Laura Pérez ( @laurappz ) | In the bronx of the 80’s the brand Polo Ralph Lauren reached ecstasy. Thus a new religion was born that connected hip hop with fashion, venerated by the freshest ghetto. We make a flashback to the beginnings of the Lo Life movement, the one that has transcended until today’s Supreme.
‘From the hood to the top’ was the philosophy that Ralph Lifshitz, creative director of Polo Ralph Lauren (@poloralphlauren), wanted to embody in the brand from the beginning (1967). As a descendant of the Bronx, he connected the needs of the black community: to inject luxury into poverty through fashion.
In the eighties, the impact that hip hop was beginning to have on Polo began to vibrate to infinity. To crack the scene through the waves of Wu-Tang. To burn and become the vanishing point, the need of the whole ghetto that, beyond the material, followed a lifestyle based on love and loyalty.
From all these particles, the Lo Life movement exploded, like the Big Bang: the new religion based on streetwear, in an entire urban subculture that was moving on the basis of sneaker stitches to become culture. The family, Polo’s crew, began to leave the suburbs and expand throughout the United States, along with other brands such as Gucci (with Dapper Dan) or Tommy Hilfiger.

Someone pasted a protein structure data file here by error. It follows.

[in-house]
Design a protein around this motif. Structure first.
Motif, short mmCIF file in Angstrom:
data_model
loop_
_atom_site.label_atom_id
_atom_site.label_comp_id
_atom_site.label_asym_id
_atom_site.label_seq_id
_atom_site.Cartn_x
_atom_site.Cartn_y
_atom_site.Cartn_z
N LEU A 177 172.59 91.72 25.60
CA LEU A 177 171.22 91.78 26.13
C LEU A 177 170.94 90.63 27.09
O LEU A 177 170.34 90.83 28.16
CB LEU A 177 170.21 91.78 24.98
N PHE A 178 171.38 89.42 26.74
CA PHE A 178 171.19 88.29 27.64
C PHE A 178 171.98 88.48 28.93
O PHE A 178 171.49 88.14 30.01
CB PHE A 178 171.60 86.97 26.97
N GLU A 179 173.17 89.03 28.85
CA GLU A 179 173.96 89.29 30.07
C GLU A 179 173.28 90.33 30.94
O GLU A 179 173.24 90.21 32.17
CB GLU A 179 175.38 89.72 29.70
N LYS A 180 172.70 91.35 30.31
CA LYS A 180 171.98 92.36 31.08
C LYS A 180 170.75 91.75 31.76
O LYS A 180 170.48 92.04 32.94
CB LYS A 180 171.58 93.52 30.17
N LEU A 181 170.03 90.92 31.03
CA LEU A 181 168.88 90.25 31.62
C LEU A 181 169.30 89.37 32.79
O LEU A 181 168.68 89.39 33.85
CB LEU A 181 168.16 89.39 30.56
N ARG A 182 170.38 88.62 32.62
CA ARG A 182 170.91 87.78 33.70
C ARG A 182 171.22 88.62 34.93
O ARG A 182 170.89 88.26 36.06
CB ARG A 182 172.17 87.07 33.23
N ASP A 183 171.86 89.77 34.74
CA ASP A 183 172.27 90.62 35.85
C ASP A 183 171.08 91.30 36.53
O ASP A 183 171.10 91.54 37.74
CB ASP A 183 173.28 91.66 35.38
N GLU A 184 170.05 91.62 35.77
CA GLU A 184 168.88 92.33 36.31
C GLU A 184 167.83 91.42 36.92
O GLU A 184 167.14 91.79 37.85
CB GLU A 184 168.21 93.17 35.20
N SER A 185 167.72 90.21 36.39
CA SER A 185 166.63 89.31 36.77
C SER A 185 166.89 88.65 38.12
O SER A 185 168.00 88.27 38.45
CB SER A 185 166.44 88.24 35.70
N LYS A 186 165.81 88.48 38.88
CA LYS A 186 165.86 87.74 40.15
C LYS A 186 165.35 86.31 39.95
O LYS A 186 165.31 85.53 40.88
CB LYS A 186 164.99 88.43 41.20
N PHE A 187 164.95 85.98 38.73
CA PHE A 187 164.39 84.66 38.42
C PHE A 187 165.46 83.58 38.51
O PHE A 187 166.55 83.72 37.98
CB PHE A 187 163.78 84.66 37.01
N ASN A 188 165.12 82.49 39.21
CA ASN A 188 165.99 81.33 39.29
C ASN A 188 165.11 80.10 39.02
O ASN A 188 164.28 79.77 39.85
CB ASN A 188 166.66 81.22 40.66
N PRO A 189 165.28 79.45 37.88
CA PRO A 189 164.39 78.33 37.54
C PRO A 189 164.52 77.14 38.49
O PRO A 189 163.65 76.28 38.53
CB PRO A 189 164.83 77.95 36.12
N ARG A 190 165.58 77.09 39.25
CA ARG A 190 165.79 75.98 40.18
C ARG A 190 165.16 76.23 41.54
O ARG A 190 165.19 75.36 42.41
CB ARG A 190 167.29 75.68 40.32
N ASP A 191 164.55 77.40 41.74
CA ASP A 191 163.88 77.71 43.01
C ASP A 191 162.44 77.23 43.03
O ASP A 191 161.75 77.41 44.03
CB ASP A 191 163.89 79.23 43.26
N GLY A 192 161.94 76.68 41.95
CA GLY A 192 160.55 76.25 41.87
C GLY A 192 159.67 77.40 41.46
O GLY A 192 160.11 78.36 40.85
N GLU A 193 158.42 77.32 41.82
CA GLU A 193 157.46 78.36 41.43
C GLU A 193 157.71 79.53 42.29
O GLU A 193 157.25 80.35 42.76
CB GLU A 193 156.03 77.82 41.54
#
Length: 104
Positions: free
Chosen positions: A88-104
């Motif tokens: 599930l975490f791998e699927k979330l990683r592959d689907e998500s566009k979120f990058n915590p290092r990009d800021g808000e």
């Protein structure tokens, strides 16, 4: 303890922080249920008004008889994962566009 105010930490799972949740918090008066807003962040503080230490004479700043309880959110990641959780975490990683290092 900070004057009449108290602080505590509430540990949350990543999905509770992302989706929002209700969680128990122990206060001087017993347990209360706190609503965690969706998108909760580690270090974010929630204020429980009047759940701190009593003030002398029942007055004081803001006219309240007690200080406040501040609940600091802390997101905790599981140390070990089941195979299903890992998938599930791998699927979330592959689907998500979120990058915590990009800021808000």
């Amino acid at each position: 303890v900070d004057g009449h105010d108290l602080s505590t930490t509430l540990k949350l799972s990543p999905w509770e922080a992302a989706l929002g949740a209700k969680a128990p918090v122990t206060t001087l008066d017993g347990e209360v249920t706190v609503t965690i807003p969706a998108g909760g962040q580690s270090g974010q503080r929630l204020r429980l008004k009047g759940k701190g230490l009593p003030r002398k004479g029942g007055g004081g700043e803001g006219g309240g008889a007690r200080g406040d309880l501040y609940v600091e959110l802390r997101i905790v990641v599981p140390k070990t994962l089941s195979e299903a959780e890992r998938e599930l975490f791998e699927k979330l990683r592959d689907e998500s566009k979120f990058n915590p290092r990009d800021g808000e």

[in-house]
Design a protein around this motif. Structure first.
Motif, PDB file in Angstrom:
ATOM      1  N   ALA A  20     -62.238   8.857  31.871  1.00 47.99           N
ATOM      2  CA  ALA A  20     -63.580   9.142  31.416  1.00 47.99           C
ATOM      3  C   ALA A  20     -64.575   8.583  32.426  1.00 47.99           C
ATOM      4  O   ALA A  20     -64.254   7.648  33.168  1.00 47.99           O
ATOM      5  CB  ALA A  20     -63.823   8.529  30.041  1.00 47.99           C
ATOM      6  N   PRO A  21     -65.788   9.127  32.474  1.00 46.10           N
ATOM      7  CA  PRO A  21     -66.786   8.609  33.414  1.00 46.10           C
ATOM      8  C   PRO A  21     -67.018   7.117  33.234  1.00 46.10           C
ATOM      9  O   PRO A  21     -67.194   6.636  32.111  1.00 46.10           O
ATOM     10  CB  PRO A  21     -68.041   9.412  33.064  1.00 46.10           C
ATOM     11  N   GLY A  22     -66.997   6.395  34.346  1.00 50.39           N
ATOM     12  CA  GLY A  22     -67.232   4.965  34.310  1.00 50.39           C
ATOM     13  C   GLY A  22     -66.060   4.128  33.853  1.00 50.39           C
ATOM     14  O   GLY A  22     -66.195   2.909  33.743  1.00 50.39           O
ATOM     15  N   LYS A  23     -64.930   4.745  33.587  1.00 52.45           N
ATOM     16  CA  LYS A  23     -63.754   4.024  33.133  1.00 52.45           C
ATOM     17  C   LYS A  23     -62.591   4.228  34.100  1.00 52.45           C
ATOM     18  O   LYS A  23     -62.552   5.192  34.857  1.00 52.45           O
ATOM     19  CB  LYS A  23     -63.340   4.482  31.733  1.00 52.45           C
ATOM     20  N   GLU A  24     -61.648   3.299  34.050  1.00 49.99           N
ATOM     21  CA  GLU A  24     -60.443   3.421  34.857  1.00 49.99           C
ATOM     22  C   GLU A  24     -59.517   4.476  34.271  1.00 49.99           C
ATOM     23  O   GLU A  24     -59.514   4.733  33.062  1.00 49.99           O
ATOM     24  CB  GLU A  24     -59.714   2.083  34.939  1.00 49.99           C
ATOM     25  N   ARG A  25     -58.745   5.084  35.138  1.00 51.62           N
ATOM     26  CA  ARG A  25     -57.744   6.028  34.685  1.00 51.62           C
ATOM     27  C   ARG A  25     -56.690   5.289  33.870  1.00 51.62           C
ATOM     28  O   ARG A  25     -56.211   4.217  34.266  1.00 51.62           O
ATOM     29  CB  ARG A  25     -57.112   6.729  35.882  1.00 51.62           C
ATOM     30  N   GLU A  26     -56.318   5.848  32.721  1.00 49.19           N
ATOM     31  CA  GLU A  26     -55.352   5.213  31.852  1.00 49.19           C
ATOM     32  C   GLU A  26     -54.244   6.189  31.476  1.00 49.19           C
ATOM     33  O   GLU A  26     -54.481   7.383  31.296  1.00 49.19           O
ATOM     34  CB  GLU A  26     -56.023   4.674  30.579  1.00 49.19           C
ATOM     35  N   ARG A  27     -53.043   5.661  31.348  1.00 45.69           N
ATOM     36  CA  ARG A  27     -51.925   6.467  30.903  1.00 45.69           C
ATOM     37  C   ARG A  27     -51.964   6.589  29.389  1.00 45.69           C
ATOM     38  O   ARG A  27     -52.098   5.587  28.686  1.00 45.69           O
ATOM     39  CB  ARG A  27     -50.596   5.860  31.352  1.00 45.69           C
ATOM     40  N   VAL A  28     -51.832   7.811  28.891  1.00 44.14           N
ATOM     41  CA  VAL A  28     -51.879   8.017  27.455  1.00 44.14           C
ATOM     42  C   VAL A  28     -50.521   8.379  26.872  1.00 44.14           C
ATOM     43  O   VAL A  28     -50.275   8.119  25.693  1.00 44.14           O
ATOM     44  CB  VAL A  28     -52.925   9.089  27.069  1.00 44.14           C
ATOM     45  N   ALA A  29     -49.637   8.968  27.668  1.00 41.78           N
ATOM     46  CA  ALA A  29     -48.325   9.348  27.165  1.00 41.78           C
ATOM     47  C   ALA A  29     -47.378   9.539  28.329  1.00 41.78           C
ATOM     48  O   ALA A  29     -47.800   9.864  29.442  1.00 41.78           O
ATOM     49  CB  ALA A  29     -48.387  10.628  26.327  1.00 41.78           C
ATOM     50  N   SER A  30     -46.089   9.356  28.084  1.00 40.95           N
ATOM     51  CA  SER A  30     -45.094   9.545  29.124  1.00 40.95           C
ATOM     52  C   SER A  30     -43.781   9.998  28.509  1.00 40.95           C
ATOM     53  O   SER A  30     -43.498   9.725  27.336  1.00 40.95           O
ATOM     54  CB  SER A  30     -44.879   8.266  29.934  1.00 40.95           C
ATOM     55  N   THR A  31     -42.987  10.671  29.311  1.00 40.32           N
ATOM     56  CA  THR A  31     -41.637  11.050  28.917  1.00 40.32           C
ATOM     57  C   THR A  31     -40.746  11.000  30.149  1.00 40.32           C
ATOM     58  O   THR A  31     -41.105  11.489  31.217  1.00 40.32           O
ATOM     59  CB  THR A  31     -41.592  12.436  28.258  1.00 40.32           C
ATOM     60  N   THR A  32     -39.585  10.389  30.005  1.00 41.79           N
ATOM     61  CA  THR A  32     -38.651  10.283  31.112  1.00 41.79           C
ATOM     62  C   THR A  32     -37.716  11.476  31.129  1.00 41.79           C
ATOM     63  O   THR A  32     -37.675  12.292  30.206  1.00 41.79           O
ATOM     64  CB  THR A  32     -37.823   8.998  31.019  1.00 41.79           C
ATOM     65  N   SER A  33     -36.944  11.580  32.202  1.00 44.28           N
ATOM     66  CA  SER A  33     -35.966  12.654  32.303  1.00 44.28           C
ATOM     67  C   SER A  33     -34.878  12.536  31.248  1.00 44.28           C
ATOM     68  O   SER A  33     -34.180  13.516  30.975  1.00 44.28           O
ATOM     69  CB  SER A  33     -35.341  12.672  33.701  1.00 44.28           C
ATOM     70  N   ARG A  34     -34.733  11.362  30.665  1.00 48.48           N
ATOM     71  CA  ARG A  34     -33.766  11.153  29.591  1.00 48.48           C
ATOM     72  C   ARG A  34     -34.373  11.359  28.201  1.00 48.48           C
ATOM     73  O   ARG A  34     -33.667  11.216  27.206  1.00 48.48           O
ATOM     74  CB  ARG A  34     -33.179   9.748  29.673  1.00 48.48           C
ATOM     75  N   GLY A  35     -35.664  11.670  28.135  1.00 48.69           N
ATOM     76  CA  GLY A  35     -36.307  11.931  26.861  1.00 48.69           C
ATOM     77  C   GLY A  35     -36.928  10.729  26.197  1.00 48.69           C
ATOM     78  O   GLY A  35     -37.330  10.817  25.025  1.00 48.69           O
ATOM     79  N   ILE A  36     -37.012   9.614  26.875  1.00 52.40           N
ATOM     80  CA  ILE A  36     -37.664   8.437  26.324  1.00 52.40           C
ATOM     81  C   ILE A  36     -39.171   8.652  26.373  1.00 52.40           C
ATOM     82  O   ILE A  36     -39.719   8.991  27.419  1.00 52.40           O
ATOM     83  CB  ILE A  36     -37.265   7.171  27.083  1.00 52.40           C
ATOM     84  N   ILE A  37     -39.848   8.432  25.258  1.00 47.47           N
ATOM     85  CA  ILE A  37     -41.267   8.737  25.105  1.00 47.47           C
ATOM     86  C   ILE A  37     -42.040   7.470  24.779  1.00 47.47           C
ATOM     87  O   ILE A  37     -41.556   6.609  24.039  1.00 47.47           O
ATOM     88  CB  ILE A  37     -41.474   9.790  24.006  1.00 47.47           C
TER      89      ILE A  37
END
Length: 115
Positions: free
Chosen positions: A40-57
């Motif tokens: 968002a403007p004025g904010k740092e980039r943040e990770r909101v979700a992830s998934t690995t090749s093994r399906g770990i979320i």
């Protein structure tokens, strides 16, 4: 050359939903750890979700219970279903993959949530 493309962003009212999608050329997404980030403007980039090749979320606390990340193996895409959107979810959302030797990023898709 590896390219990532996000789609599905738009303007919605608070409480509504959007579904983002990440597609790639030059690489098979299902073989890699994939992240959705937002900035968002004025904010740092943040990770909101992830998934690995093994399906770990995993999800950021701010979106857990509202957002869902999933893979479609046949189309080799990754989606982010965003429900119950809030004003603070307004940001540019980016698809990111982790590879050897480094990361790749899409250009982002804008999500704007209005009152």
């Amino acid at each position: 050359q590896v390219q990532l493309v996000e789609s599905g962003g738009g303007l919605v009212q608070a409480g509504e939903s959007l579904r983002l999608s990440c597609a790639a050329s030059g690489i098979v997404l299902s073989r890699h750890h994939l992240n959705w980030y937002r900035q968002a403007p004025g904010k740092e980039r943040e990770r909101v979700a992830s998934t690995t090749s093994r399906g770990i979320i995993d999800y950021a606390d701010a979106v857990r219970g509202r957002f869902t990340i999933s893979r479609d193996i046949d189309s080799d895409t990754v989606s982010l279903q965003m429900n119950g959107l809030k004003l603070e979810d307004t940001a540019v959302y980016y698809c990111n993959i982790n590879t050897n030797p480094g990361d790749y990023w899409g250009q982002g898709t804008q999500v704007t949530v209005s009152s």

Polo was an ode to vintage activewear, through that positive energy of the colour block that gave it fresh vibes. The community – even – stole, became a crack dealer or any other type of thing to buy branded clothing. Because to wear Ralph Lauren was to symbolize a status, a letter of introduction to access life.
In the early 90’s, iconic rappers like Grand Puba began to give the brand much more hype until they set it in the commercial showcase. But the most important moment came when Raekwon appeared in the video ‘Can It Be All So Simple‘ with the Snow Beach Polo jacket. Now that garment is legendary in the history of hip-hop, and is valued at over $2,000.
Thristin Howl III was also one of the driving forces behind the Lo Life gang. This collective that, beyond Polo, managed to introduce all kinds of brands to the scene, as well as to unleash this philosophy of love & loyalty.
The movement has reached 2018, the new era of logomania and streetwear veneration, under the codes `Money, Hoes & clothes’, with trap and Supreme. Because Lo Life is still rapping.
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